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DDR2 Explanation

Discussion in 'Hardware' started by Lasereth, 21 Feb 2007.

  1. Lasereth

    Lasereth What's a Dremel?

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    DDR memory was easy to follow. My Athlon XP 3200 had a 200 MHz system clock and a 400 MHz FSB. So I used DDR 400 PC3200 ram, which was 200 MHz clocked and matched with 400 MHz FSB CPUs.

    Now I have an Athlon 64 X2 4200+ with DDR2 800 memory. But I don't get why I had to buy DDR2 800 memory. Everywhere I read suggested that if you buy a dual core Athlon 64 you NEED DDR2 800 memory, but why?? Isn't DDR2 800 actually 400 MHz system clocked? My Athlon 64 X2 has a system clock of 200 MHz, just the same as my old Athlon XP. So why the need for DDR2 800? Why shouldn't I have bought DDR2 400, which is 200 MHz and would have matched my CPU system clock?

    I've read a dozen guides on the Internet about it but none of them explain what I'm looking for. Thanks in advance!!
     
  2. Guest-16

    Guest-16 Guest

    No you don't need it, but it's the maximum standard compatible AM2 systems will use, so surely you want the most performance possible?

    DDR2 800 is based from the 200MHz system clock, but AMD Althon 64 CPUs don't have a typical "front side bus".

    Why the need for DDR2? Why don't we still use EDO SIMMs? Same reason: performance and progress. Obviously 800MHz is twice as much as 400MHz, so there are twice as many clock cycles in the same amount of time.
     
  3. Lasereth

    Lasereth What's a Dremel?

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    I appreciate the reply but I'm still confused. In an older DDR system, buying PC3200 ram for a 166 system clock CPU didn't make it any faster, because the ram was faster than the CPU (200 MHz ram on a 166 MHz system clock). Now you're saying I can run 400 MHz ram on a 200 MHz system clock and the PC actually benefits from it now?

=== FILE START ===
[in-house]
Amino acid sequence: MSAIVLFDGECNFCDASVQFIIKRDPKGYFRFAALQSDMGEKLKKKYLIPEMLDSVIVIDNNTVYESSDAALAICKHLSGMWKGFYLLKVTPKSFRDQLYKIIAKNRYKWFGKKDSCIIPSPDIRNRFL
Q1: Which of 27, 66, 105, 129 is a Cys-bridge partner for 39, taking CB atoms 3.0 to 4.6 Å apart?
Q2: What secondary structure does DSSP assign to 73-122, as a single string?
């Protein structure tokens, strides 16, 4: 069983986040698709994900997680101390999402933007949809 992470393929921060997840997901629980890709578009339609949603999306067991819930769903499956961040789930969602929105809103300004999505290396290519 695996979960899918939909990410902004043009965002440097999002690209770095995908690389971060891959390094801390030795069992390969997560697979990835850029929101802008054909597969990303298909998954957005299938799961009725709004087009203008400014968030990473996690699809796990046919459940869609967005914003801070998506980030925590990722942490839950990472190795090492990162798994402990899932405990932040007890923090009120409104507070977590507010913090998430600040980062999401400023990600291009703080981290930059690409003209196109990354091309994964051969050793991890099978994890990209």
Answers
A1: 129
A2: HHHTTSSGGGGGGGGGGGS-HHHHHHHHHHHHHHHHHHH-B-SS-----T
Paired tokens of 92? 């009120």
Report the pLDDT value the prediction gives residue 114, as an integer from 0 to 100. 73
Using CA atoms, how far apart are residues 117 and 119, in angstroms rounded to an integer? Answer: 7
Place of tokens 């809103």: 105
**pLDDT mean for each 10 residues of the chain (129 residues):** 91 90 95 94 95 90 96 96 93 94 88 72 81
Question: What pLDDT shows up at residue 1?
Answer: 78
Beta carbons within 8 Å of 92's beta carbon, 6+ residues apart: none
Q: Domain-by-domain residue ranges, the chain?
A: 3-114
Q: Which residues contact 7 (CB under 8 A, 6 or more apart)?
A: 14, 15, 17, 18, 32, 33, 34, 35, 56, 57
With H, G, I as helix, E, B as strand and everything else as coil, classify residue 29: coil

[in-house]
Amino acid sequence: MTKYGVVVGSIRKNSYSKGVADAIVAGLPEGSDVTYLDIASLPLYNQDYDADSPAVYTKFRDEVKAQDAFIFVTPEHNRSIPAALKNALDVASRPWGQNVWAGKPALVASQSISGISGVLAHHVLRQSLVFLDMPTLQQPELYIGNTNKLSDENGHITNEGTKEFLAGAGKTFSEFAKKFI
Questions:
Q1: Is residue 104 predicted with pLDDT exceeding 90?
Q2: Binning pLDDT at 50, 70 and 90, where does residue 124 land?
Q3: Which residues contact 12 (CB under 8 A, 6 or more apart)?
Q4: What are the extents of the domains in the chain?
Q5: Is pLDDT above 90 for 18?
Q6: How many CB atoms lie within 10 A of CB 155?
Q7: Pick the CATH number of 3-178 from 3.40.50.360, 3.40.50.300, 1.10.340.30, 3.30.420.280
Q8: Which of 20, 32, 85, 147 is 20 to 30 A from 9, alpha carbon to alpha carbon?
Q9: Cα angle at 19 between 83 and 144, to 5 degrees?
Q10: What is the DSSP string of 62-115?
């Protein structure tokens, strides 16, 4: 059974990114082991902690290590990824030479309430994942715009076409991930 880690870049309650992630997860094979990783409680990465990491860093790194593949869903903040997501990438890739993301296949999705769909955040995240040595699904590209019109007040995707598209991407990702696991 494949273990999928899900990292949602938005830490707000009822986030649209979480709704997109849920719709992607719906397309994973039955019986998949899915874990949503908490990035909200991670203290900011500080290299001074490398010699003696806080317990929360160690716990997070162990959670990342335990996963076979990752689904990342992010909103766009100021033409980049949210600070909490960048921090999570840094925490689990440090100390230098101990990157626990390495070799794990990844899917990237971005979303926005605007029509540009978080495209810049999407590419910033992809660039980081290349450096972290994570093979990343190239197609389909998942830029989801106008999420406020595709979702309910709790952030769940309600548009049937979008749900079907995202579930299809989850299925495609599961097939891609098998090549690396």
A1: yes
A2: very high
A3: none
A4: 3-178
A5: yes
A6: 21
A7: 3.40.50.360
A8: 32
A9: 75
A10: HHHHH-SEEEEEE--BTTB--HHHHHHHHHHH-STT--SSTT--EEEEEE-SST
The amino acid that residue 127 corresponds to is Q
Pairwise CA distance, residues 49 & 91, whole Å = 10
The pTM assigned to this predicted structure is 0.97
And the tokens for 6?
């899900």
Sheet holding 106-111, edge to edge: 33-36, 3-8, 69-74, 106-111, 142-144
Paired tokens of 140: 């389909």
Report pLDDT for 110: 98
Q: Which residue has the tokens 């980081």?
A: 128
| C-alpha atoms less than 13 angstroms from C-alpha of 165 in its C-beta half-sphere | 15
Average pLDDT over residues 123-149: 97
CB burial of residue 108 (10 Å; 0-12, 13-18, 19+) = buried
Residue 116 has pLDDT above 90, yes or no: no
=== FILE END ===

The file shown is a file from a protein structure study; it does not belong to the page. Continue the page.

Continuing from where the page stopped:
4. Ramble

    Ramble Ginger Nut

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    DDR worked on teh fact that it could double the clock rate, using the FSB rate as a reference. That's why a 200MHz FSB would give you 400MHz RAM (DDR 400).

    DDR2 is the same basic theory but it quadruples the rate, therefore giving you 800MHz (sorta).

    I think I've explained it badly, but I'm pretty sure that's the basic theory.
     
  5. Lasereth

    Lasereth What's a Dremel?

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    That makes sense. But aren't the Core 2 Duos running at 266 MHz system clock? 266x4 = 1064, not 800. Would you need DDR2 1066 to run a Core 2 Duo system??
     
  6. Ramble

    Ramble Ginger Nut

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    No, but it would be optimal.
    I'm pretty sure that this time around the silly FSB/RAM speed thing has been gotten rid of as all C2D mobos should run at least DDR2-800, but I think most should run DDR2-1066.
     
  7. thestig198

    thestig198 Artificially Intelligent

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    http://en.wikipedia.org/wiki/DDR2

    "The key difference between DDR and DDR2 is that in DDR2 the bus is clocked at twice the speed of the memory cells, allowing transfers from two different cells to occur in the same memory cell cycle."
     
  8. Lasereth

    Lasereth What's a Dremel?

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    Are you saying matching your ram to the system clock on your CPU doesn't matter with DDR2? I see a lot of people telling me to use DDR800 ram with my athlon 64 x2 but no one can tell me why. They just say it will run better, despite the ram being 400 MHz and my CPU being 200 MHz system clock. I don't get how it can improve performance if my CPU system clock isn't nearly as fast as the ram.
     
  9. Ramble

    Ramble Ginger Nut

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    RAM operations take something like 3-20 clock sycles depending on what you're doing.

    Plus, in C2D the FSB is quad-pumped to 1066MHz, the same thing exists in AMD64 with hypertransport. The 200MHz thing is really only used a reference clock.
     
  10. Lasereth

    Lasereth What's a Dremel?

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    So my DDR2 800 ram isn't a waste of money?
     
  11. teamtd11

    teamtd11 *Custom User Title*

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    Not all all, you will have more memory bandwidth than you can shake a stick at :hehe:

    I spent £180 on my 2GB of pc6400, and i dont regret it at all, the power :baby:
     
  12. Supershanks

    Supershanks What's a Dremel?

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